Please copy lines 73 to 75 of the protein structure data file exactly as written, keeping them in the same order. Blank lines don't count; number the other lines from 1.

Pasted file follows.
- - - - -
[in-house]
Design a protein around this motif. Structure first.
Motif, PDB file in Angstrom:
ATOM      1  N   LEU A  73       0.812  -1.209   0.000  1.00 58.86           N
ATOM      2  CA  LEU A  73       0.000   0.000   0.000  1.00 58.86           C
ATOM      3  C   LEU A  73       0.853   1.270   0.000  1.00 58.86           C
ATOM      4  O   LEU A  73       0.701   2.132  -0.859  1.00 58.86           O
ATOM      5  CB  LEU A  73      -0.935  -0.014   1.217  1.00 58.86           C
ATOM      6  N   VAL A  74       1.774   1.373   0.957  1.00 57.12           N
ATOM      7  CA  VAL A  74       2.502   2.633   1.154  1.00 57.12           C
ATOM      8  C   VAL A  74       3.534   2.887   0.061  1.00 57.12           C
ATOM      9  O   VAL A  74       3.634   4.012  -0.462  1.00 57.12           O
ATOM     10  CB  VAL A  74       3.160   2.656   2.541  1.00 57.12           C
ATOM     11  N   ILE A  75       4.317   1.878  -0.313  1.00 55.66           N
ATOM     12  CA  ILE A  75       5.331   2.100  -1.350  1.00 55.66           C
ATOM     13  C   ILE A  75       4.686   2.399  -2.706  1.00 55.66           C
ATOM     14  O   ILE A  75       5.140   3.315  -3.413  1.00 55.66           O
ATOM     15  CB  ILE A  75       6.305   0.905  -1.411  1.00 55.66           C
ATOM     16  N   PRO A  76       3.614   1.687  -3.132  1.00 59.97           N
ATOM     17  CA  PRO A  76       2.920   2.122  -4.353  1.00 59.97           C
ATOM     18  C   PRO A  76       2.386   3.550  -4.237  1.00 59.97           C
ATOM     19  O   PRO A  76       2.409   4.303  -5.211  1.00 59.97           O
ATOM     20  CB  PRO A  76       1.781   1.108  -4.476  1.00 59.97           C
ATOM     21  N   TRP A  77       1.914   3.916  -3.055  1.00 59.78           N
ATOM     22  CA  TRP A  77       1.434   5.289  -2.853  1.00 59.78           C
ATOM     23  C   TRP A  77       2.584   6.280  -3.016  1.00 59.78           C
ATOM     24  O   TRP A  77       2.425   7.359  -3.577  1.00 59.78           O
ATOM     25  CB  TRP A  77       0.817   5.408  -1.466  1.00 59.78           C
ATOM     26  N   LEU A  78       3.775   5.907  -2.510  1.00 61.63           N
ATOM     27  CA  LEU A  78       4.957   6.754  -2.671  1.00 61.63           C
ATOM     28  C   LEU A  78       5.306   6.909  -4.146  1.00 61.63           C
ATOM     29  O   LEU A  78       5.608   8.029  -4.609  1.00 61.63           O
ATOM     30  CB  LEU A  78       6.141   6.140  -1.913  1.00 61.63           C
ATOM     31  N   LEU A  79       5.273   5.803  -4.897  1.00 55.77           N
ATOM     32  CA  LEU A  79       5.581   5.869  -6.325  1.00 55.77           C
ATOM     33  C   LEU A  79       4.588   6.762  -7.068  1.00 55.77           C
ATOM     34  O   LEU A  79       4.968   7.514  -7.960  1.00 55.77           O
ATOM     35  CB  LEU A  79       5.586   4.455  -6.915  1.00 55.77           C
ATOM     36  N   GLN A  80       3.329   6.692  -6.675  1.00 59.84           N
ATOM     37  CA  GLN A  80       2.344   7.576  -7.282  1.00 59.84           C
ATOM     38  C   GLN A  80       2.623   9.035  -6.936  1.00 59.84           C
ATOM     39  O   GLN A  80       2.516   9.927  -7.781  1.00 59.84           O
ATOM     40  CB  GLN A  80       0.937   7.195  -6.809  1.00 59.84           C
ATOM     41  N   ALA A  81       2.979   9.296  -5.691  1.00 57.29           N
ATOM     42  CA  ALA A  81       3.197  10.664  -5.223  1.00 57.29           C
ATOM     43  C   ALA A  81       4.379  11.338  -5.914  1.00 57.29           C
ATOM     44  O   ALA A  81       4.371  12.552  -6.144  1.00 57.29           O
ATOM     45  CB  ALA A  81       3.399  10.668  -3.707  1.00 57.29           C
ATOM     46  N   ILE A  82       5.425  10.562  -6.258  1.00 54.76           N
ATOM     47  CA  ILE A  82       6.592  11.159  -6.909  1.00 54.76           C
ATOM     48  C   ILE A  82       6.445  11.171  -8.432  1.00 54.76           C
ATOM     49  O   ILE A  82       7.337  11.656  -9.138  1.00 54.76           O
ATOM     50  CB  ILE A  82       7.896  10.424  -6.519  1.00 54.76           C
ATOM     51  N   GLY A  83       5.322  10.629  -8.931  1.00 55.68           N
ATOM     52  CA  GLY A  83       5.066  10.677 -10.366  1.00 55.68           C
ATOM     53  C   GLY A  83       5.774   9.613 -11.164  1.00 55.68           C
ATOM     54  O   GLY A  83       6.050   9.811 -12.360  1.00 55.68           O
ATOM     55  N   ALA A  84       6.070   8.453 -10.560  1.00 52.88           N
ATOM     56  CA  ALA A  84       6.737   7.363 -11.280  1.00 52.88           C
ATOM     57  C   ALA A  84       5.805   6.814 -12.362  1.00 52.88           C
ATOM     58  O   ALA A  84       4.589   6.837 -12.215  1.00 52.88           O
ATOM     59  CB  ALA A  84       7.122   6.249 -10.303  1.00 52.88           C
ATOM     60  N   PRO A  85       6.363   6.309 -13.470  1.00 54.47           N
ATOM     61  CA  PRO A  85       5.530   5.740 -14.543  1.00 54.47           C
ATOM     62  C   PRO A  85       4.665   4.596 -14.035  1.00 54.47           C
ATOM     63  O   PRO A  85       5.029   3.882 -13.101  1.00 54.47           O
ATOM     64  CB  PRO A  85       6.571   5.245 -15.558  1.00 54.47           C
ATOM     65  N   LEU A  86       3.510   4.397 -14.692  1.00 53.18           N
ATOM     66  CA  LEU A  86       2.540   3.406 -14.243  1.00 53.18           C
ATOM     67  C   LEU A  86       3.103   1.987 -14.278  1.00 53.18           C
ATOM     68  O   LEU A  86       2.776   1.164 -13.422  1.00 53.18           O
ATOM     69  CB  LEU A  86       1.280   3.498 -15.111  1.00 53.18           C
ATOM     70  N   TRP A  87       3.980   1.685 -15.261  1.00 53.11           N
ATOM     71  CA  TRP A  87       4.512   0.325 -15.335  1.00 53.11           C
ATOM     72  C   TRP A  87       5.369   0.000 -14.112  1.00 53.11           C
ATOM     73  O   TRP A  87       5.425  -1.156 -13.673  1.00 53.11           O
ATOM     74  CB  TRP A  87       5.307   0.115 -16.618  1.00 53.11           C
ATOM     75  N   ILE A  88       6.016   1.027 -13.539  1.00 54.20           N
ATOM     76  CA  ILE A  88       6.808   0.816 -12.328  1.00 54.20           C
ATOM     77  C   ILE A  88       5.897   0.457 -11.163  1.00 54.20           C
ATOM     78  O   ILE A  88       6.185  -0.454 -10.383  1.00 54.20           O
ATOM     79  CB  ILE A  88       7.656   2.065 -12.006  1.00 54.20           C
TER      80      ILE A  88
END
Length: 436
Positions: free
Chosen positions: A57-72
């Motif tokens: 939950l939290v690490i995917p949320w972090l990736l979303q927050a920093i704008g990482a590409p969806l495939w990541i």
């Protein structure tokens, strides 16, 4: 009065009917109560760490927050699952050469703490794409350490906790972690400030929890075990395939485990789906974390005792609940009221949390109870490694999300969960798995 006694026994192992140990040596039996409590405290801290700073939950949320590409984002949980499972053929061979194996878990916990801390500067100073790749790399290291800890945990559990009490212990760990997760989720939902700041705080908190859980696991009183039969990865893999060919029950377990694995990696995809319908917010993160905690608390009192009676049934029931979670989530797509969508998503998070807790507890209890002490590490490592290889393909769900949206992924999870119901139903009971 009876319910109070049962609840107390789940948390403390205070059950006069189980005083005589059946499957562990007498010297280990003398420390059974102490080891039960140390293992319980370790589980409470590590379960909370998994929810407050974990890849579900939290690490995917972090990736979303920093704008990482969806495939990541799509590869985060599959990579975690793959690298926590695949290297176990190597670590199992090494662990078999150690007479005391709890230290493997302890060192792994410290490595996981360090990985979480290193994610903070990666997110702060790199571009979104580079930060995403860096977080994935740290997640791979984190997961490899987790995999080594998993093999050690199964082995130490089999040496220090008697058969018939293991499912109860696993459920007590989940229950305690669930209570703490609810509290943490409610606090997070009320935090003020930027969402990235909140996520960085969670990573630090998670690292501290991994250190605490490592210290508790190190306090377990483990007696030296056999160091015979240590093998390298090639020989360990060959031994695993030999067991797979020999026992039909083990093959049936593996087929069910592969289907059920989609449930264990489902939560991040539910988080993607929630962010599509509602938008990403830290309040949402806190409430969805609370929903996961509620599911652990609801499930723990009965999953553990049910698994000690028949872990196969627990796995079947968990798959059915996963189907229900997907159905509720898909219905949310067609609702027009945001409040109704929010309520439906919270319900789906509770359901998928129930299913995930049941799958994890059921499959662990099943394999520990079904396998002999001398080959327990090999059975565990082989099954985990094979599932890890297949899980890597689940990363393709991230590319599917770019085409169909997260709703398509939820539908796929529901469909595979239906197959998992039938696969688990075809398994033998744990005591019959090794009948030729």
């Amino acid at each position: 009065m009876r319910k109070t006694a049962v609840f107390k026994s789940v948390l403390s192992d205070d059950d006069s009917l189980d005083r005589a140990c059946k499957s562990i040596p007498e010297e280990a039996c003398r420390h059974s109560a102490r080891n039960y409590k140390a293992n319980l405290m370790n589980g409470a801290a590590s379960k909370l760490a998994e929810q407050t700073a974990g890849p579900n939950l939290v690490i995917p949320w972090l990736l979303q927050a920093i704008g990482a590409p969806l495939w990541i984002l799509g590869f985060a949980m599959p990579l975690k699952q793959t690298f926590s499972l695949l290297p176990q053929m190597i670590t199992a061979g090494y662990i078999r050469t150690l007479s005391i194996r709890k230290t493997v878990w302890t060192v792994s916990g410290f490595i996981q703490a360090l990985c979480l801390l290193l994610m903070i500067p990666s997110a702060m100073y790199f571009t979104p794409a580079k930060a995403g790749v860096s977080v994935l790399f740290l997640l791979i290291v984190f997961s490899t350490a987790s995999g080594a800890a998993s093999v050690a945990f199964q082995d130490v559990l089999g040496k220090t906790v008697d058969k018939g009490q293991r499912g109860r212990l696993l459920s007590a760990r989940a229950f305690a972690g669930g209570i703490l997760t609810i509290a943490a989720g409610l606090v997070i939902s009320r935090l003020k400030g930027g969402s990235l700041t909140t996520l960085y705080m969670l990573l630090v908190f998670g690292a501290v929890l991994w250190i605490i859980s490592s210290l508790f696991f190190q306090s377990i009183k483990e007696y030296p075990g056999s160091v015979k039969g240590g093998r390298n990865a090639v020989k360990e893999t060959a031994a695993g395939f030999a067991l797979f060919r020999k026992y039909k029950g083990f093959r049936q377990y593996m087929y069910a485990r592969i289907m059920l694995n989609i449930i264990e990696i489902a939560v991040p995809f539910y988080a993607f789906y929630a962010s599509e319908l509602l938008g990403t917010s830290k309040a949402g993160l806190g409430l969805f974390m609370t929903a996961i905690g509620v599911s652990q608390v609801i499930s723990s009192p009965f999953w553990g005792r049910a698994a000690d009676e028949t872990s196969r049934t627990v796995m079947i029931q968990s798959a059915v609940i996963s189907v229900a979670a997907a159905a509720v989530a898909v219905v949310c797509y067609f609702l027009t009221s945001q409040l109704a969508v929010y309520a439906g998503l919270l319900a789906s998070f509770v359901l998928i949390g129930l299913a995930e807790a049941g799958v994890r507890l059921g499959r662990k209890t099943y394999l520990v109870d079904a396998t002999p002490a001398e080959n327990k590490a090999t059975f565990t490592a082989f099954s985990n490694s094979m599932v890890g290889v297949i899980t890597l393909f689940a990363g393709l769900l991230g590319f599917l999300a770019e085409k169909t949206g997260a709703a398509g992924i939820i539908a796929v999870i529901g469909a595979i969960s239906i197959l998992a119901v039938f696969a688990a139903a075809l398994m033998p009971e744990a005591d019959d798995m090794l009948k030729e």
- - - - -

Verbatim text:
ATOM     70  N   TRP A  87       3.980   1.685 -15.261  1.00 53.11           N
ATOM     71  CA  TRP A  87       4.512   0.325 -15.335  1.00 53.11           C
ATOM     72  C   TRP A  87       5.369   0.000 -14.112  1.00 53.11           C